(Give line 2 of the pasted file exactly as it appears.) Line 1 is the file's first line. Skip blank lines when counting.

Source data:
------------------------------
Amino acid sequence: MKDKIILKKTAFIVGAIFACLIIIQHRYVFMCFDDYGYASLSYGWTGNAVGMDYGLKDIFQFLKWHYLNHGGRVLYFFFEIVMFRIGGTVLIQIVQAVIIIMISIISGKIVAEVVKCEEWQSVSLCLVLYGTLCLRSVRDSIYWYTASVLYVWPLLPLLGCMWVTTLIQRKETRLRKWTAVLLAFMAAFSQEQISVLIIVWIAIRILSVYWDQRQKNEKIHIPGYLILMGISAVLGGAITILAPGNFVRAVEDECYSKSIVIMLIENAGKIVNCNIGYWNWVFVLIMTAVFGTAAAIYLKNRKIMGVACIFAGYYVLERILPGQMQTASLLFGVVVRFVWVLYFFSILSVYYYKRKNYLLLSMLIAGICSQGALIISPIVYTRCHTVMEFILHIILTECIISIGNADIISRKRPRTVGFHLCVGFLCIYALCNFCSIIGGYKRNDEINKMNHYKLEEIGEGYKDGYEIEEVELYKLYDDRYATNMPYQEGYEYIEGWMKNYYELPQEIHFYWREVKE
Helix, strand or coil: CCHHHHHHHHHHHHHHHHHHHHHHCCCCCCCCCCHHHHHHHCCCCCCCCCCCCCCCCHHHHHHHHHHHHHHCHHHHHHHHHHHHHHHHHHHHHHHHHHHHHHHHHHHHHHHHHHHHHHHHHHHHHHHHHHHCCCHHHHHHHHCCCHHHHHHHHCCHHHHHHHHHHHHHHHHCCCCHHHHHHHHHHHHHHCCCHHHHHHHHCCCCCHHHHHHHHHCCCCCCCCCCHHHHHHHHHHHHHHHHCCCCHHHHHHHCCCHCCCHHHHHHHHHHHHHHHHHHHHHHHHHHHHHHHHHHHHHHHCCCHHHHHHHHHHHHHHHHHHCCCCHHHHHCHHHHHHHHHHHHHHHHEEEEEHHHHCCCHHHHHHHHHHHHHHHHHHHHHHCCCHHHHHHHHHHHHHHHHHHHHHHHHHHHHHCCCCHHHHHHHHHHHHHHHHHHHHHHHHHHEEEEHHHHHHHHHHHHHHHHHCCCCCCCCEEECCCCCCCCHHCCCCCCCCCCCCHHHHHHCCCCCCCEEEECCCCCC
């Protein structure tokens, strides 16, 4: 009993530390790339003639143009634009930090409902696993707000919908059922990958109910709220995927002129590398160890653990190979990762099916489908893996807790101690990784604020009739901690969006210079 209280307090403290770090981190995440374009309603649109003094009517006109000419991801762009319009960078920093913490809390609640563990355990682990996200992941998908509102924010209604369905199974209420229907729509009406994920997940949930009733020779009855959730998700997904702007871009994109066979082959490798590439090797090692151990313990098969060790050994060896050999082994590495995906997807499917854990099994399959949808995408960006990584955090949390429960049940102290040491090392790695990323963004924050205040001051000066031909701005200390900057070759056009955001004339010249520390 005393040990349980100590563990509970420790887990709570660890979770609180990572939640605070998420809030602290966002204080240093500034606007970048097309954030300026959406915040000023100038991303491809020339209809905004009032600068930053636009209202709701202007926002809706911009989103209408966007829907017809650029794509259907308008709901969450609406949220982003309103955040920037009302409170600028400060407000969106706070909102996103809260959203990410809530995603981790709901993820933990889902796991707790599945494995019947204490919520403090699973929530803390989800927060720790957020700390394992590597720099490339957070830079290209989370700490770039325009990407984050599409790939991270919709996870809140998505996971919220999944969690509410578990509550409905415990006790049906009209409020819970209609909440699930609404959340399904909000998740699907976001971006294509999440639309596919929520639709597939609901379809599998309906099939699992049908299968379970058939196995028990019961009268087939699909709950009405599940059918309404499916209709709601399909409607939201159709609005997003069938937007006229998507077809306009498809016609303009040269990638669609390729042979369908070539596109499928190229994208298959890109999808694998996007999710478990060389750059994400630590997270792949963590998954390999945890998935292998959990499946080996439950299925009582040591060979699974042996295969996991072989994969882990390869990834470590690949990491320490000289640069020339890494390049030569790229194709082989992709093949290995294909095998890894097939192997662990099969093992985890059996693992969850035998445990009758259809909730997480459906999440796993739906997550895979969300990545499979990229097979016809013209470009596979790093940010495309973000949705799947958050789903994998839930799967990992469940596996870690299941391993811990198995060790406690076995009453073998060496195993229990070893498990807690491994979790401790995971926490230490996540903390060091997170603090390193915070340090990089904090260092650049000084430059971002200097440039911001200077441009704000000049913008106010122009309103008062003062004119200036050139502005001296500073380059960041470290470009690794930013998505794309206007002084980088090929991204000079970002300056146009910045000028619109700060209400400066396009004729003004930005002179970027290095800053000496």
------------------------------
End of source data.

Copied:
Helix, strand or coil: CCHHHHHHHHHHHHHHHHHHHHHHCCCCCCCCCCHHHHHHHCCCCCCCCCCCCCCCCHHHHHHHHHHHHHHCHHHHHHHHHHHHHHHHHHHHHHHHHHHHHHHHHHHHHHHHHHHHHHHHHHHHHHHHHHHCCCHHHHHHHHCCCHHHHHHHHCCHHHHHHHHHHHHHHHHCCCCHHHHHHHHHHHHHHCCCHHHHHHHHCCCCCHHHHHHHHHCCCCCCCCCCHHHHHHHHHHHHHHHHCCCCHHHHHHHCCCHCCCHHHHHHHHHHHHHHHHHHHHHHHHHHHHHHHHHHHHHHHCCCHHHHHHHHHHHHHHHHHHCCCCHHHHHCHHHHHHHHHHHHHHHHEEEEEHHHHCCCHHHHHHHHHHHHHHHHHHHHHHCCCHHHHHHHHHHHHHHHHHHHHHHHHHHHHHCCCCHHHHHHHHHHHHHHHHHHHHHHHHHHEEEEHHHHHHHHHHHHHHHHHCCCCCCCCEEECCCCCCCCHHCCCCCCCCCCCCHHHHHHCCCCCCCEEEECCCCCC